But while watching this impassioned moth flying around her little kitchen, so intensely focused on the light, a part of Delia felt jealous about the sheer excitement she knew he must be feeling as he circled in on a light so compelling to him, that in that moment he forgot all else and risked everything just to reach it … Delia admired his courage and devotion yet a part of her wished she could drag him away from the light, talk him down from the craziness that she worried would not end well. But she knew this was a personal journey, one he must take independently in order to gain his own healthy respect for light, and fire.

There was an art to keeping a safe distance from fires and Delia had nearly perfected it now. She still remembers that last cold winter night when she tried to get warm by the fire, but got too close and suffered burns. worse than her previous ones. Fires, on cold nights, always draw you closer. The trick is knowing how close is too close. Now before thinking about taking another step forward, Delia touches her scar and remembers all the reasons not to go there. Danger. She wondered how her moth friend would fare, how many scars or broken wings it might take him to learn life’s harder lessons.

Leaving him to it, she retreated to her front porch, sipped her wine, and strummed her guitar, making up songs about moths, flames, pointless games and wings burned, lessons learned, fear earned … things like that. Eventually, she retreated inside and returned to the kitchen to check on her winged friend. Finding him nowhere, she returned to her spot in the living room, beside her fat candle in a glass, and there he was, gently floating in a sea of hot wax. By the glow of the candle, Delia could see every inch of his wings in a way she could not before. He looked incredibly gorgeous, even prettier than a butterfly. And now he was one with the light he seems to have been struggling to find his entire life.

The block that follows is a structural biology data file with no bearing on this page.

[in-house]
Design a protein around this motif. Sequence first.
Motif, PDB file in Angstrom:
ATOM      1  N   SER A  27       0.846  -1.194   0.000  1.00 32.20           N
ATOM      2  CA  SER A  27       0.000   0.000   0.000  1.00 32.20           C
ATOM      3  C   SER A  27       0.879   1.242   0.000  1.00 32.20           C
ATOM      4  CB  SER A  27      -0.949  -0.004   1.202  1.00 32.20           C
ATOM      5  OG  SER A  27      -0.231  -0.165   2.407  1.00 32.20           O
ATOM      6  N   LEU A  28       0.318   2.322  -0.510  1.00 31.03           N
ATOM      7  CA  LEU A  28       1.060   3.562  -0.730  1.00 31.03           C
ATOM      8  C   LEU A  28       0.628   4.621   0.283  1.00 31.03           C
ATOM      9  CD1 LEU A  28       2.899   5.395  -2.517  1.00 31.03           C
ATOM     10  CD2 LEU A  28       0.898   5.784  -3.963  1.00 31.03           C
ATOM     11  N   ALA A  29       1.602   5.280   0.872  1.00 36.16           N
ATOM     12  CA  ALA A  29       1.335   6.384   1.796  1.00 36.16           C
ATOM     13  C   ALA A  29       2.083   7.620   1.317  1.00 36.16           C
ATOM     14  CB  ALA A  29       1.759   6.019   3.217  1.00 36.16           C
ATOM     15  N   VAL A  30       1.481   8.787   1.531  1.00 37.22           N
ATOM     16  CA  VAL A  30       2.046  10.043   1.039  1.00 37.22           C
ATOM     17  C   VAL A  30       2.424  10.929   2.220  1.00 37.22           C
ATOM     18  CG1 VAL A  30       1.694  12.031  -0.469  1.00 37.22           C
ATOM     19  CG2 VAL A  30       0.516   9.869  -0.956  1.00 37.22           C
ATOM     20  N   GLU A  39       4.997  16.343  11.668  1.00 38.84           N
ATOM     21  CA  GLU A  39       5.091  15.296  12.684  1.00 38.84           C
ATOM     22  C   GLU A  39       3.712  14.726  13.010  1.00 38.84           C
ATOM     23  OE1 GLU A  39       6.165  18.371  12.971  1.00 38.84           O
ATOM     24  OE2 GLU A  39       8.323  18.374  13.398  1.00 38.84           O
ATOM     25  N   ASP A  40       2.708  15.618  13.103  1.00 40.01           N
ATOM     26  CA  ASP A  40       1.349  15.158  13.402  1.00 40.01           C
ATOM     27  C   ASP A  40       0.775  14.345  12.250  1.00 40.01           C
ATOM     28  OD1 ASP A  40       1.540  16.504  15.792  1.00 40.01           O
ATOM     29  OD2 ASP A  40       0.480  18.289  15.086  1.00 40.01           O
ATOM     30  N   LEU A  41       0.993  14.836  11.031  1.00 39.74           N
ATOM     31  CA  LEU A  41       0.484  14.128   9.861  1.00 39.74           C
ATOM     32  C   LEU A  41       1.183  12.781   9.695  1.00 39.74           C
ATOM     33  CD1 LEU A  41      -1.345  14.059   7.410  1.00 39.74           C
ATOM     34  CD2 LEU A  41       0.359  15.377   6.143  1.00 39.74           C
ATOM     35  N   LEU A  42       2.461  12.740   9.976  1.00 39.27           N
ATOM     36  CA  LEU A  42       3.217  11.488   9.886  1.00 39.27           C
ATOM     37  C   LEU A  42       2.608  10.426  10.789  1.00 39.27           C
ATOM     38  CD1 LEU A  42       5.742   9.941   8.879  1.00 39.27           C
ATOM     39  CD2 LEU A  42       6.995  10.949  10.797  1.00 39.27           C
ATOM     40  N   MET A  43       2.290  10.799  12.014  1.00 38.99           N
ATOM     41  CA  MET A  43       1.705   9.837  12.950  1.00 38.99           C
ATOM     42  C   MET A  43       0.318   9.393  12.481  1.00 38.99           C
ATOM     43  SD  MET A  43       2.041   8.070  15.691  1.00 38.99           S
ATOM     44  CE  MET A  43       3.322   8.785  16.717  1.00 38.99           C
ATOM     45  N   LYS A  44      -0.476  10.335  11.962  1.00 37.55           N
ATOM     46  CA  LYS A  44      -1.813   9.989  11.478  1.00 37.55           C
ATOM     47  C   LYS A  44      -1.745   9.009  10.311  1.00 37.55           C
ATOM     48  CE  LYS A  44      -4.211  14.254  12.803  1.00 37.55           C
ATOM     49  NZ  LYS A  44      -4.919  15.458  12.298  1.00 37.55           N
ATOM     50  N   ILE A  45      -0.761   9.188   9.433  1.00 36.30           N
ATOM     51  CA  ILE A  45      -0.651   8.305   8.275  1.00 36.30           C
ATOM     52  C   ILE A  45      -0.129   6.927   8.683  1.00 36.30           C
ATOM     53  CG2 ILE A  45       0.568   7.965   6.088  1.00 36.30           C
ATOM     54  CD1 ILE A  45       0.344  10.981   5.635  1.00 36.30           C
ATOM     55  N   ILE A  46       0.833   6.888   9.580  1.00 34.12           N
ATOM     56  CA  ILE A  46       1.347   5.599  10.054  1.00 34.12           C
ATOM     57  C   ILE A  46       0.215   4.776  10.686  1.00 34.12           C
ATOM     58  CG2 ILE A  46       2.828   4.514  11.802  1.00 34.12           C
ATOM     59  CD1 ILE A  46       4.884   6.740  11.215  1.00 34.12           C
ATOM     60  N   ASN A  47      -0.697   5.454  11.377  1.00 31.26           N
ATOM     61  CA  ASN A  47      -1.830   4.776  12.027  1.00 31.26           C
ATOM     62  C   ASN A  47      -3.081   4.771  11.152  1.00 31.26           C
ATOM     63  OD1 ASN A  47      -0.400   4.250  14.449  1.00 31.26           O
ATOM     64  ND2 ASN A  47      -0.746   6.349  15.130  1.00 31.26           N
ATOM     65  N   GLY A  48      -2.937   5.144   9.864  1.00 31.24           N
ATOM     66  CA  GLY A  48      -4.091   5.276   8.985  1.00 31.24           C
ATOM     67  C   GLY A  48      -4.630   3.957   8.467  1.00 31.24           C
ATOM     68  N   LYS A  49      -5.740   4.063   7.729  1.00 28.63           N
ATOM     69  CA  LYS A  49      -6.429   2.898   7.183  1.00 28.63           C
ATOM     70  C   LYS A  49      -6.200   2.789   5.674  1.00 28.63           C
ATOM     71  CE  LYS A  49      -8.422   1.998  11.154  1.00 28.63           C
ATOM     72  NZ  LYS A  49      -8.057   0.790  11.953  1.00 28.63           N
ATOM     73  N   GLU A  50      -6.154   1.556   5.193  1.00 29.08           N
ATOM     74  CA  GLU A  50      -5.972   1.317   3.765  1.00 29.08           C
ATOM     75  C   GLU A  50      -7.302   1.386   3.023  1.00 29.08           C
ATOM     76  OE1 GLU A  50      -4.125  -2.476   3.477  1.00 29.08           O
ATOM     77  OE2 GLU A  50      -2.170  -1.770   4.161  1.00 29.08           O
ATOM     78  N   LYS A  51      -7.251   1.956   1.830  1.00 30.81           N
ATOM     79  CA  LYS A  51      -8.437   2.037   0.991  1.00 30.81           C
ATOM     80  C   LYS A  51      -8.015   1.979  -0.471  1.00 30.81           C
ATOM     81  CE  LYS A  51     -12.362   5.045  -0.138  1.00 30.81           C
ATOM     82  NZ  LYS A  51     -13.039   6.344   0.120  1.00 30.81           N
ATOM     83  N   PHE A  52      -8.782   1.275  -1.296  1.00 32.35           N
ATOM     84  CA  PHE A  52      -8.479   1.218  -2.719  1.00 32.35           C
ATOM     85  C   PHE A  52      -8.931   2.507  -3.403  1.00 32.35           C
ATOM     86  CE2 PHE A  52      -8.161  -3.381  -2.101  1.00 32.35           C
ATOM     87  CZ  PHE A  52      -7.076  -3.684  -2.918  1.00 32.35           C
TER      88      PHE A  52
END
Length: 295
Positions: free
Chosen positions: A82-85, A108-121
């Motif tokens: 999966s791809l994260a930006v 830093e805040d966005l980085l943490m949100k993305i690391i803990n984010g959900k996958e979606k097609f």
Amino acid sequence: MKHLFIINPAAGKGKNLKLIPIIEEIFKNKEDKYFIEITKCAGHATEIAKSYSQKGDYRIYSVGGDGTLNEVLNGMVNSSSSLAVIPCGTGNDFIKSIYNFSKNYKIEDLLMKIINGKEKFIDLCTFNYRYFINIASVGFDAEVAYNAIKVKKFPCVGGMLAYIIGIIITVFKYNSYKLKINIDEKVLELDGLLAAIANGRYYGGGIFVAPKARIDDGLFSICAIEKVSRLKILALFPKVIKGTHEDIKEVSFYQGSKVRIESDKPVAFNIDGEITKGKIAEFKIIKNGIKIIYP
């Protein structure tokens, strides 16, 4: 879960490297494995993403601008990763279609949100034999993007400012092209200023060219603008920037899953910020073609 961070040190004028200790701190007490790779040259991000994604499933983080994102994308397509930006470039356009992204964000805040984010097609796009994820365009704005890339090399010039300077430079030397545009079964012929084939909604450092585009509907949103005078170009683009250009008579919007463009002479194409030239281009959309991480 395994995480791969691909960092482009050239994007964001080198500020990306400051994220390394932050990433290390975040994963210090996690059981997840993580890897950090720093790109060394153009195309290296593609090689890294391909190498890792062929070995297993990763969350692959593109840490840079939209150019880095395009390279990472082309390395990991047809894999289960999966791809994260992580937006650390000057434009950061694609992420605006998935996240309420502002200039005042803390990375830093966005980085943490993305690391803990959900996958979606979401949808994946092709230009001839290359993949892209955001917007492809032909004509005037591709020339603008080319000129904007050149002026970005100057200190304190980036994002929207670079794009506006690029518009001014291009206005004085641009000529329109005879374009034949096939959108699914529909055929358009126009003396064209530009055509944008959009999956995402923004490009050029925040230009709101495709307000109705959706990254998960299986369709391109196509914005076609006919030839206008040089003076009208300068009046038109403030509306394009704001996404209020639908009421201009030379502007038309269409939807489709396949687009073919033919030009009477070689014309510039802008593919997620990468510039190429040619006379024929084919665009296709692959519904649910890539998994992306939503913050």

She quietly strummed for awhile, before leaning towards the candle and looking again at this amazingly perfect spotted creature: “You are so very brave ... much, much braver than most of us,” she whispered. “And I will forever admire you. But please, please, please,” she begged, “can you come back just once to reveal how it feels to completely abandon yourself to the flame?”

If you’ve arrived at the end of this story honestly, please know that no moths were injured in the course of researching this tale. However, there was a flying, intensely buzzing insect that flew repeatedly into the lights in my kitchen on a recent night, and in a moment of sheer panic, I killed him … with a magazine … shortly after he had fallen to the floor for about the fourth time. Despite that he would have killed himself eventually, I deeply regret the incident, and I made up this story later that evening.

Also, for the record, I don’t know how to play guitar, but if I did, I’d probably make up songs about courageous moths. While I have a few friends who are currently risking it all to pursue their various passions in life (partly because they lost their jobs), I tend to take more calculated risks. … But because math is not my strong point, I often have trouble calculating risks and simply avoid them altogether.

But I have calculated a theory (because while my math skills are lacking, I'm pretty good at making stuff up to compensate for what I don't know). My theory is that many people don't risk it all to pursue dreams, because their dreams are so big and so perfect, and reality could never measure up ... when it doesn't, it feels like a failure and kills the dream ... and sometimes keeping a dream alive is more important than reality. In the end, it's the dreams that keep us going, isn't it?

Fortunately for me, my dreams aren't huge.
Even if I won the lottery tomorrow, I probably wouldn’t travel much, or buy a fancy car or a big boat … I’d just live in an old farmhouse on a nice plot of land in a town small enough to ride my bike around. I’d hide tiles and write stories and novels, and I’d practice playing guitar and try to learn to sing (in a more tolerable way) ... I’d read good books and grow vegetables and garden and cook and walk a lot … for miles and miles everyday. Sometimes I’d invite other people from around town to come and sit on the front porch and play music, or cards, and maybe drink some wine and eat some food and talk about life. I like to keep it simple.

Dropped Delia and moth at Starbucks at Davie Boulevard and Federal Highway in Fort Lauderdale (just south of the tunnel) ... They're in the ladies room.

1 Comments:

At 6:01 PM, Blogger Restaurant Gal said...

Wow.